UPDATE, 6:30 p.m.: Well, we're back, and nearly the entire newsroom is working quake-related stories. I've just filed one on the geo-science behind Eastern quakes, with help from Jeff Halka ant the Maryland geological Survey and Michael Scott, a professor of geography and geo-science at Salisbury University.

It turns out today's quake was the largest on record for Virginia, and one of the largest ever felt in Maryland. It was also the strongest of five so far today around the globe of magnitude 5.0 or higher.

The others included a mag. 5.3 in Colorado, and three others in the Fiji Islands of the Pacific; on the Kashmir/India border; and in Papua, New Guinea.


Posted by Frank Roylance at 2:01 PM | | Comments (29)
Categories: Earthquakes

May 26, 2011

Loaded propane tanker was imperiled by tsunami

Here's a terrifying story that seems to have escaped telling in the wake of the horrific-enough tsunami in Japan back in March.

Kashima port after quakeThe Maritime Professional website tells the harrowing tale of Capt. Mukesh Yadav and the 754-foot long liquified propane tanker Flanders Tenacity. The ship was in port at Kashima on March 11. It was waiting to unload 23,500 tons of liquid propane when the captain, in his cabin, felt the ship shake.

Concerned that someone had started the engines without authorization, he rushed out to discover it was an earthquake. Worse, a tsunami was expected within minutes. The prospect that his ship might be wrecked, and spill its cargo of propane across the port or explode set him to work in a frantic bid to get the ship out of the harbor.

He called for tugs, but the port was being abandoned ahead of the tsunami.  And when the waves began to toss the ship about, a collision with a jetty put a gash in the hull. Water poured in and threatened to submerge the compressors that kept the propane cold and under control. Electricity from the shore was knocked out by the earthquake.

It gets worse. Read the rest of the story here.

(PHOTO: Kashima port after quake, Toru Yamanaka, AFP/Getty Images)  

Posted by Frank Roylance at 3:44 PM | | Comments (0)
Categories: Earthquakes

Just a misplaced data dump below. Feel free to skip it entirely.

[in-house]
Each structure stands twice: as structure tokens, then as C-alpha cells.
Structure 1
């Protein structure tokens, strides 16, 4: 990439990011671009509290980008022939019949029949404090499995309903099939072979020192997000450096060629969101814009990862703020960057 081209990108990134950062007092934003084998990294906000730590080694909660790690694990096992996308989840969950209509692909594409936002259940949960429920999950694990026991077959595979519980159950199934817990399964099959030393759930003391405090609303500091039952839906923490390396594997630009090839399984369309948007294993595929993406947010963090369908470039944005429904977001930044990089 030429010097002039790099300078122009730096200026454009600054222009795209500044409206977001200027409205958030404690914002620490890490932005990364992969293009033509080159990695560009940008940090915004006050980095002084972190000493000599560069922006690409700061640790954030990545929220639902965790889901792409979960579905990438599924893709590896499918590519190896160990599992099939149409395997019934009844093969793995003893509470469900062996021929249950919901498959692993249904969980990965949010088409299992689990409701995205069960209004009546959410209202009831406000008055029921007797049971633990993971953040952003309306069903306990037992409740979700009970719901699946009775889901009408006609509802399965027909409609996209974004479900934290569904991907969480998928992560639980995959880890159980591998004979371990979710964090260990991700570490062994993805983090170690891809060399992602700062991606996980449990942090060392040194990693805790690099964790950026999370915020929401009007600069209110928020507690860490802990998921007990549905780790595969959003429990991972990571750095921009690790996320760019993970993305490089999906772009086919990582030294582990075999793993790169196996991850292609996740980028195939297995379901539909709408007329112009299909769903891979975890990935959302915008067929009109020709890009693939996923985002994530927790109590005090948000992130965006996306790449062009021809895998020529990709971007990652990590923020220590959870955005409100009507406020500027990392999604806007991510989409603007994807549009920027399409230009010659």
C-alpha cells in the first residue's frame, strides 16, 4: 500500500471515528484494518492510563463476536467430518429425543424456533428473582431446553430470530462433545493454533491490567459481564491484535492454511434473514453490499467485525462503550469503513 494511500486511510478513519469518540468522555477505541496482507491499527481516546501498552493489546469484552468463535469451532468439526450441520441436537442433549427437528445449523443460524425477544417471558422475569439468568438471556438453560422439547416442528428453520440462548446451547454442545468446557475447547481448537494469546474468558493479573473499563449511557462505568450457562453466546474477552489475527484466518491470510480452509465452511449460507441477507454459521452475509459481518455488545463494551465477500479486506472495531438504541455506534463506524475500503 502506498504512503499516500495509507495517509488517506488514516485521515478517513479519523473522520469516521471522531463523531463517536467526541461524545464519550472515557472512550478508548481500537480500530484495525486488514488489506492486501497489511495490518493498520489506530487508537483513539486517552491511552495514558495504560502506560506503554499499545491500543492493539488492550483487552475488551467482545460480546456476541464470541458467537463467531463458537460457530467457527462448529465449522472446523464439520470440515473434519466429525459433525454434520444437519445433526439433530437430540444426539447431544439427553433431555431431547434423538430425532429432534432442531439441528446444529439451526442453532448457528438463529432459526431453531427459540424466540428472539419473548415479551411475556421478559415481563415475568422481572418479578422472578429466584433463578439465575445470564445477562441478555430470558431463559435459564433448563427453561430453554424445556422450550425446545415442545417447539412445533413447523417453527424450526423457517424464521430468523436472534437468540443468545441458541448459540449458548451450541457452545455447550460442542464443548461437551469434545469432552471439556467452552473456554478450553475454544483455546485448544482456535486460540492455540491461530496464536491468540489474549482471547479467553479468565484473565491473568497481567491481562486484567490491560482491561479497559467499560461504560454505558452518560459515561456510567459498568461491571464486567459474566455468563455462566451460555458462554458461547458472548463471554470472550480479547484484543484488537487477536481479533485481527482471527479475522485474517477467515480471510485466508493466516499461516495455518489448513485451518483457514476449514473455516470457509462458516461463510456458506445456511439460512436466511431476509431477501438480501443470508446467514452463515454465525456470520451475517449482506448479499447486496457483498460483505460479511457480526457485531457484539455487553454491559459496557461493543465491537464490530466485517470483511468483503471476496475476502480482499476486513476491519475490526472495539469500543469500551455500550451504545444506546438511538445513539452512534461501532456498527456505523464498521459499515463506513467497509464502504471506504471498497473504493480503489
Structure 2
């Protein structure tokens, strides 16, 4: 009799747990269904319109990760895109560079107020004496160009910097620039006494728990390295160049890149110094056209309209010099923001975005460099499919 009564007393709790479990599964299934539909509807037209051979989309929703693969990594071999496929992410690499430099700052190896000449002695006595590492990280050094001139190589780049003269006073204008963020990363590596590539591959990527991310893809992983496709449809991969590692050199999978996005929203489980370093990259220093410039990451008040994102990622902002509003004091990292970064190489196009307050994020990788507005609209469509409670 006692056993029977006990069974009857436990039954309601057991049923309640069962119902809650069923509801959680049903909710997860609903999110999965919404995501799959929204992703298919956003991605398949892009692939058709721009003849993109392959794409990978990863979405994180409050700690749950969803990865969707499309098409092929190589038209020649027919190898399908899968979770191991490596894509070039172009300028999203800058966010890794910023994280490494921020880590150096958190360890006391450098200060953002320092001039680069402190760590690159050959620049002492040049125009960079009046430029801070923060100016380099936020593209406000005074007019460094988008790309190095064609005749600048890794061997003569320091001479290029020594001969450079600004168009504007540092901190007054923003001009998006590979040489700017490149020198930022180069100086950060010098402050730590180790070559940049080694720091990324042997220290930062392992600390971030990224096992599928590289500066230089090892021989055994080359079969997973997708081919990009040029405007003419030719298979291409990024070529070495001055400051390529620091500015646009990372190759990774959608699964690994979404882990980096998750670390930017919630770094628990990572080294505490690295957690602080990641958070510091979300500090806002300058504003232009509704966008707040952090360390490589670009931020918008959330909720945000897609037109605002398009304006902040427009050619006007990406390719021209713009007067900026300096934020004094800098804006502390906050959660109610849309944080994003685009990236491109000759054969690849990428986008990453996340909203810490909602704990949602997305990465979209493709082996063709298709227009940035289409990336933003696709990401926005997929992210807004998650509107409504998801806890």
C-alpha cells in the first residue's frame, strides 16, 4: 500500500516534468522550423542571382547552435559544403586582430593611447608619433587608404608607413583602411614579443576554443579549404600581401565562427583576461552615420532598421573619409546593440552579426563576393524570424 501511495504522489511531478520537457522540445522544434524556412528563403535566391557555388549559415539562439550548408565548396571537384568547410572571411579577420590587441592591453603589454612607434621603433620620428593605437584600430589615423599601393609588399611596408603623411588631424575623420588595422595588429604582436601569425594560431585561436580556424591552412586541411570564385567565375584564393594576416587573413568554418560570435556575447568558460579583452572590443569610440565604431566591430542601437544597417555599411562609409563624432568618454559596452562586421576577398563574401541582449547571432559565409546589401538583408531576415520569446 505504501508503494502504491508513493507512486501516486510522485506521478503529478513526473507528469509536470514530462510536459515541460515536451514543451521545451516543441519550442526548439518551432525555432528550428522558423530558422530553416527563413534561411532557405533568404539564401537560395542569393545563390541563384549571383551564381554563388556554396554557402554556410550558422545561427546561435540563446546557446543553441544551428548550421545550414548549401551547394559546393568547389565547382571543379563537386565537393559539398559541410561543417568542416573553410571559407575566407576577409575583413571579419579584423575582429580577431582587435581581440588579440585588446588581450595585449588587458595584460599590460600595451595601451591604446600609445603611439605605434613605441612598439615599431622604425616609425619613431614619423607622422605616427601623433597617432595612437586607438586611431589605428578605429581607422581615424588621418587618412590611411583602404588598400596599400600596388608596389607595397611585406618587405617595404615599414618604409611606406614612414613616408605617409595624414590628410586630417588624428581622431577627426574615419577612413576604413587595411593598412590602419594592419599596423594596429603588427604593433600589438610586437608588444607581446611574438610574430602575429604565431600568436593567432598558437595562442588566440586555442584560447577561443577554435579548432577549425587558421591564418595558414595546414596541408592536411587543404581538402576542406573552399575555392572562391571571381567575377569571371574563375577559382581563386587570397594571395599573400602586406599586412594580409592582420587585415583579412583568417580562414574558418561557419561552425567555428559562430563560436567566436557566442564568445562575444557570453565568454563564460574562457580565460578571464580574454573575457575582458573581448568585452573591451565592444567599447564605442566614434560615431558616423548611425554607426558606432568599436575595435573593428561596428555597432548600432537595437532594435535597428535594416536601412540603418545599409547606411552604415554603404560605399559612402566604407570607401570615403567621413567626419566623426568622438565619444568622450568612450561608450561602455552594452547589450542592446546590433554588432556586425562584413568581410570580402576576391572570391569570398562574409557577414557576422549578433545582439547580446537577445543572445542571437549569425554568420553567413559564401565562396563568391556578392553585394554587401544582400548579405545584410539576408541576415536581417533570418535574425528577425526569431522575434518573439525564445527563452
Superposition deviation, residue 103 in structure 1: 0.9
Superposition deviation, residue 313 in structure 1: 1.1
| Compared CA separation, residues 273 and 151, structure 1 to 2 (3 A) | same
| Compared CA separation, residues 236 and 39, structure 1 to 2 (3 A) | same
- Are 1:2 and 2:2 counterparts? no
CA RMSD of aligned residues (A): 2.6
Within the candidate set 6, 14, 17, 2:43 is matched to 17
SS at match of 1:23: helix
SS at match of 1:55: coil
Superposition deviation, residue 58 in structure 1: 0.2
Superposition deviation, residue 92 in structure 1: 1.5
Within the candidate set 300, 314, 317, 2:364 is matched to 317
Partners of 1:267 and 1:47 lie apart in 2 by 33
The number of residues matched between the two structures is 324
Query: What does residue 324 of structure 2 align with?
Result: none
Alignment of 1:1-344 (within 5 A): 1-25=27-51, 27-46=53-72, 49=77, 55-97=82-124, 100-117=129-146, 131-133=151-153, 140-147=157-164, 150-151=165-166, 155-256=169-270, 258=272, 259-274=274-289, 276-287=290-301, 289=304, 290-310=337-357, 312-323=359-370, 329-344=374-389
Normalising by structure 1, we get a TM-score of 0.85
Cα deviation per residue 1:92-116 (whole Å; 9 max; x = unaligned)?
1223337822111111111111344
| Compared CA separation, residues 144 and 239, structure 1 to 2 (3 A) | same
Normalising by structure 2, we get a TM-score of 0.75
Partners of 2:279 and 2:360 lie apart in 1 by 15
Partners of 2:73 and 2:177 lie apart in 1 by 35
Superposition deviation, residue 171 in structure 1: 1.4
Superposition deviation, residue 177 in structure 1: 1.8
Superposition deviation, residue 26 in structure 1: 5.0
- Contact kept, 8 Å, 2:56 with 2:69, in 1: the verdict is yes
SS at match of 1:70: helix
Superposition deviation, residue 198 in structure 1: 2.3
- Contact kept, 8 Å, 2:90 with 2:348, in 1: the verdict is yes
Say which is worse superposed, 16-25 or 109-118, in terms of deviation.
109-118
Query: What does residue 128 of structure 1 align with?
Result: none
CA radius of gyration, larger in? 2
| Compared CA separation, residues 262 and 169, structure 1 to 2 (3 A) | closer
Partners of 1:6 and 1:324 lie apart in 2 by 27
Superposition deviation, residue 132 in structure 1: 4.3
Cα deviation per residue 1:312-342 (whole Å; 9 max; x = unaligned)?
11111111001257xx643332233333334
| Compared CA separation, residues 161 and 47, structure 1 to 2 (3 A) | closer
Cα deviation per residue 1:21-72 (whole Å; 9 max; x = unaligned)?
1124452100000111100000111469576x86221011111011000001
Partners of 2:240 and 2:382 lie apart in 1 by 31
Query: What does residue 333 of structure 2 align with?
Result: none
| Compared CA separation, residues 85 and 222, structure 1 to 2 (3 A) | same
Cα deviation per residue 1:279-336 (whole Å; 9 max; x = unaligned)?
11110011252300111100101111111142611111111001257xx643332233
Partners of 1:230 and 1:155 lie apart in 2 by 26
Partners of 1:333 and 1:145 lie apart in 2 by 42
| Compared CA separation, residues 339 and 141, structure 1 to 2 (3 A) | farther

March 11, 2011

Japan quake felt in Virginia water well

The big earthquake this morning in Japan sent seismic waves around the planet, and, as so often happens with big quakes, those waves triggered a reacting in an especially quake-sensitive monitoring well in Christiansburg, Va. Take a look at the seismic tracing below.

The quake caused the 2.5-foot rise and fall in the water level in the USGS well, visible in the blue spike on the right. And sizable tremors continue to rattle the epicenter off the coast on Honshu.

And here's a pretty nifty visual on how the tsunami propagated across the Pacific.

Japan earthquake water well


Posted by Frank Roylance at 10:40 AM | | Comments (0)
Categories: Earthquakes

November 30, 2010

Mag. 3.9 quake reported off Delmarva

New quake mapThe U.S. Geological Survey is reporting a Mag. 3.9 undersea earthquake at about 10:45 a.m. Tuesday, centered off the continental shelf 181 miles southeast of New York City. That's roughly 200 miles east northeast of Ocean City, MD.

The tremor occured an estimated 5 km beneath the ocean bottom. It was reportedly felt by residents of Long Island. Anyone on Delmarva feel this one? Leave a comment and let us know.

UPDATE: The USGA has revised the initial report. Geologists now say the quake was 122 miles east southeast of New York City, and 189 miles northeast of Ocean City, Md., at the edge of the continental shelf and 6 km beneath the surface.